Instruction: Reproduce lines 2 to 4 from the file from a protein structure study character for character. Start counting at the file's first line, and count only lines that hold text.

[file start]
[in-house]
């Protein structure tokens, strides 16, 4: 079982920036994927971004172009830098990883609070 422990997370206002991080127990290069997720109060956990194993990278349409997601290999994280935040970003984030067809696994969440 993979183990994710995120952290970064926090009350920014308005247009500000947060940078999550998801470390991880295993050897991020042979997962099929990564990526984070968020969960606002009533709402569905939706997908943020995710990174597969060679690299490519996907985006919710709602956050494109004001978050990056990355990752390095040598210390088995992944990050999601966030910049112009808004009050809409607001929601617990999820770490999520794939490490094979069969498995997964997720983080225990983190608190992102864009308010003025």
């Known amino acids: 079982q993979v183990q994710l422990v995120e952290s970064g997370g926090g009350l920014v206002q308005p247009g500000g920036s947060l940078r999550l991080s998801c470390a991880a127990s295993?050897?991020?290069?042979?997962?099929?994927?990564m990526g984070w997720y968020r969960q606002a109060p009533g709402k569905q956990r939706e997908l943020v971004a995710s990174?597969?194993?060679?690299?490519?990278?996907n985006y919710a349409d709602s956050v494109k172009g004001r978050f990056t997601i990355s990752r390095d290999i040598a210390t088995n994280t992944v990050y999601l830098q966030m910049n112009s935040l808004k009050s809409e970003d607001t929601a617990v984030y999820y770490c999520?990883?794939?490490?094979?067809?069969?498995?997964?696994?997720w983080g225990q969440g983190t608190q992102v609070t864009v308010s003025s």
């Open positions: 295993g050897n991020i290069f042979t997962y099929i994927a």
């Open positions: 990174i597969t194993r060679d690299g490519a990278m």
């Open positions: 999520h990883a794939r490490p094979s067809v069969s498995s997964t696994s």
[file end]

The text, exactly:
């Protein structure tokens, strides 16, 4: 079982920036994927971004172009830098990883609070 422990997370206002991080127990290069997720109060956990194993990278349409997601290999994280935040970003984030067809696994969440 993979183990994710995120952290970064926090009350920014308005247009500000947060940078999550998801470390991880295993050897991020042979997962099929990564990526984070968020969960606002009533709402569905939706997908943020995710990174597969060679690299490519996907985006919710709602956050494109004001978050990056990355990752390095040598210390088995992944990050999601966030910049112009808004009050809409607001929601617990999820770490999520794939490490094979069969498995997964997720983080225990983190608190992102864009308010003025």
């Known amino acids: 079982q993979v183990q994710l422990v995120e952290s970064g997370g926090g009350l920014v206002q308005p247009g500000g920036s947060l940078r999550l991080s998801c470390a991880a127990s295993?050897?991020?290069?042979?997962?099929?994927?990564m990526g984070w997720y968020r969960q606002a109060p009533g709402k569905q956990r939706e997908l943020v971004a995710s990174?597969?194993?060679?690299?490519?990278?996907n985006y919710a349409d709602s956050v494109k172009g004001r978050f990056t997601i990355s990752r390095d290999i040598a210390t088995n994280t992944v990050y999601l830098q966030m910049n112009s935040l808004k009050s809409e970003d607001t929601a617990v984030y999820y770490c999520?990883?794939?490490?094979?067809?069969?498995?997964?696994?997720w983080g225990q969440g983190t608190q992102v609070t864009v308010s003025s």
């Open positions: 295993g050897n991020i290069f042979t997962y099929i994927a």